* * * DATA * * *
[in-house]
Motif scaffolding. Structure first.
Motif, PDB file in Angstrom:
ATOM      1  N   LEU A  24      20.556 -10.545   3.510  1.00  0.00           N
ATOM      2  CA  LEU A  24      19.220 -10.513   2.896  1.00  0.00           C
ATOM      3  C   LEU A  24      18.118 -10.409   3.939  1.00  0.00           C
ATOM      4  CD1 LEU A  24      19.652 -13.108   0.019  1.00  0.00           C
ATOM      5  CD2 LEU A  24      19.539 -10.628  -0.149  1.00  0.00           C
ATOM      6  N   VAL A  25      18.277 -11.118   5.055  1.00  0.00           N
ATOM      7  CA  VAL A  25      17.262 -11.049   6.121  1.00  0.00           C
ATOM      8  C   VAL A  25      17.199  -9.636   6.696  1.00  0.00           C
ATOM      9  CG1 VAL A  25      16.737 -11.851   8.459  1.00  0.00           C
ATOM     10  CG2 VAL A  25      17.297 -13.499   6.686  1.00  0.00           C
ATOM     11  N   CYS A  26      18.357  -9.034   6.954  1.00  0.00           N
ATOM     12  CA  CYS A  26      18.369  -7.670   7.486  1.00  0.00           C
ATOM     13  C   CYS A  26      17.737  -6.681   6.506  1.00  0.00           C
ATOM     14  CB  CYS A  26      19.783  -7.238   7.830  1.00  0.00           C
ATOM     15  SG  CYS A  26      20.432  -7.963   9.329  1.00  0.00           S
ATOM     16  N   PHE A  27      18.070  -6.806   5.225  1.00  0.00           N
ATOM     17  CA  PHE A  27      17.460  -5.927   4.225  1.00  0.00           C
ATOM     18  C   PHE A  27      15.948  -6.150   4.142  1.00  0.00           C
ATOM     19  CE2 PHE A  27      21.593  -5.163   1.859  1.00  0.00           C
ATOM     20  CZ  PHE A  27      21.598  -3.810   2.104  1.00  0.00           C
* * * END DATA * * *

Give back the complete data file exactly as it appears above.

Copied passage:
[in-house]
Motif scaffolding. Structure first.
Motif, PDB file in Angstrom:
ATOM      1  N   LEU A  24      20.556 -10.545   3.510  1.00  0.00           N
ATOM      2  CA  LEU A  24      19.220 -10.513   2.896  1.00  0.00           C
ATOM      3  C   LEU A  24      18.118 -10.409   3.939  1.00  0.00           C
ATOM      4  CD1 LEU A  24      19.652 -13.108   0.019  1.00  0.00           C
ATOM      5  CD2 LEU A  24      19.539 -10.628  -0.149  1.00  0.00           C
ATOM      6  N   VAL A  25      18.277 -11.118   5.055  1.00  0.00           N
ATOM      7  CA  VAL A  25      17.262 -11.049   6.121  1.00  0.00           C
ATOM      8  C   VAL A  25      17.199  -9.636   6.696  1.00  0.00           C
ATOM      9  CG1 VAL A  25      16.737 -11.851   8.459  1.00  0.00           C
ATOM     10  CG2 VAL A  25      17.297 -13.499   6.686  1.00  0.00           C
ATOM     11  N   CYS A  26      18.357  -9.034   6.954  1.00  0.00           N
ATOM     12  CA  CYS A  26      18.369  -7.670   7.486  1.00  0.00           C
ATOM     13  C   CYS A  26      17.737  -6.681   6.506  1.00  0.00           C
ATOM     14  CB  CYS A  26      19.783  -7.238   7.830  1.00  0.00           C
ATOM     15  SG  CYS A  26      20.432  -7.963   9.329  1.00  0.00           S
ATOM     16  N   PHE A  27      18.070  -6.806   5.225  1.00  0.00           N
ATOM     17  CA  PHE A  27      17.460  -5.927   4.225  1.00  0.00           C
ATOM     18  C   PHE A  27      15.948  -6.150   4.142  1.00  0.00           C
ATOM     19  CE2 PHE A  27      21.593  -5.163   1.859  1.00  0.00           C
ATOM     20  CZ  PHE A  27      21.598  -3.810   2.104  1.00  0.00           C